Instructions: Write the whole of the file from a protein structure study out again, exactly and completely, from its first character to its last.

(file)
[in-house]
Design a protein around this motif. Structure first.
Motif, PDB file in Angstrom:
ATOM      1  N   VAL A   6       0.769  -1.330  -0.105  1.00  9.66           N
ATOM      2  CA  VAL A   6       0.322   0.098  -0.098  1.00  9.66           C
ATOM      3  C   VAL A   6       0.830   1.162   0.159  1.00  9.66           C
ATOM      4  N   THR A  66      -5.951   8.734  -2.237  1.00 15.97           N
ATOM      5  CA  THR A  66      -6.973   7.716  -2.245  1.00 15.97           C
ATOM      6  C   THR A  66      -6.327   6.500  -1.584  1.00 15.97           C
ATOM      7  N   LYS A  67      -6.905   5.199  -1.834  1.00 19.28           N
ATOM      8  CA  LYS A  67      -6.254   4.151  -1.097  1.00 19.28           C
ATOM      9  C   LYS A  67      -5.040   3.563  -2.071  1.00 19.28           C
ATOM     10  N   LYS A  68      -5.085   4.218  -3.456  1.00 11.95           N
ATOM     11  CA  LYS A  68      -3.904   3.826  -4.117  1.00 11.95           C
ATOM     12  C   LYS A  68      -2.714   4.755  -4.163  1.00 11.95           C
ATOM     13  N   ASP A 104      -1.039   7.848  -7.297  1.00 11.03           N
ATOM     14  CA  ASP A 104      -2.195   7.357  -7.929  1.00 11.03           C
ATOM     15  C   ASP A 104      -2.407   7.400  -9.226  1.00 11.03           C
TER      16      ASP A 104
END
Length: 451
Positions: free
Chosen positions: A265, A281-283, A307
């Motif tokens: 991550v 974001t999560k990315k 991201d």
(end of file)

[in-house]
Design a protein around this motif. Structure first.
Motif, PDB file in Angstrom:
ATOM      1  N   VAL A   6       0.769  -1.330  -0.105  1.00  9.66           N
ATOM      2  CA  VAL A   6       0.322   0.098  -0.098  1.00  9.66           C
ATOM      3  C   VAL A   6       0.830   1.162   0.159  1.00  9.66           C
ATOM      4  N   THR A  66      -5.951   8.734  -2.237  1.00 15.97           N
ATOM      5  CA  THR A  66      -6.973   7.716  -2.245  1.00 15.97           C
ATOM      6  C   THR A  66      -6.327   6.500  -1.584  1.00 15.97           C
ATOM      7  N   LYS A  67      -6.905   5.199  -1.834  1.00 19.28           N
ATOM      8  CA  LYS A  67      -6.254   4.151  -1.097  1.00 19.28           C
ATOM      9  C   LYS A  67      -5.040   3.563  -2.071  1.00 19.28           C
ATOM     10  N   LYS A  68      -5.085   4.218  -3.456  1.00 11.95           N
ATOM     11  CA  LYS A  68      -3.904   3.826  -4.117  1.00 11.95           C
ATOM     12  C   LYS A  68      -2.714   4.755  -4.163  1.00 11.95           C
ATOM     13  N   ASP A 104      -1.039   7.848  -7.297  1.00 11.03           N
ATOM     14  CA  ASP A 104      -2.195   7.357  -7.929  1.00 11.03           C
ATOM     15  C   ASP A 104      -2.407   7.400  -9.226  1.00 11.03           C
TER      16      ASP A 104
END
Length: 451
Positions: free
Chosen positions: A265, A281-283, A307
């Motif tokens: 991550v 974001t999560k990315k 991201d």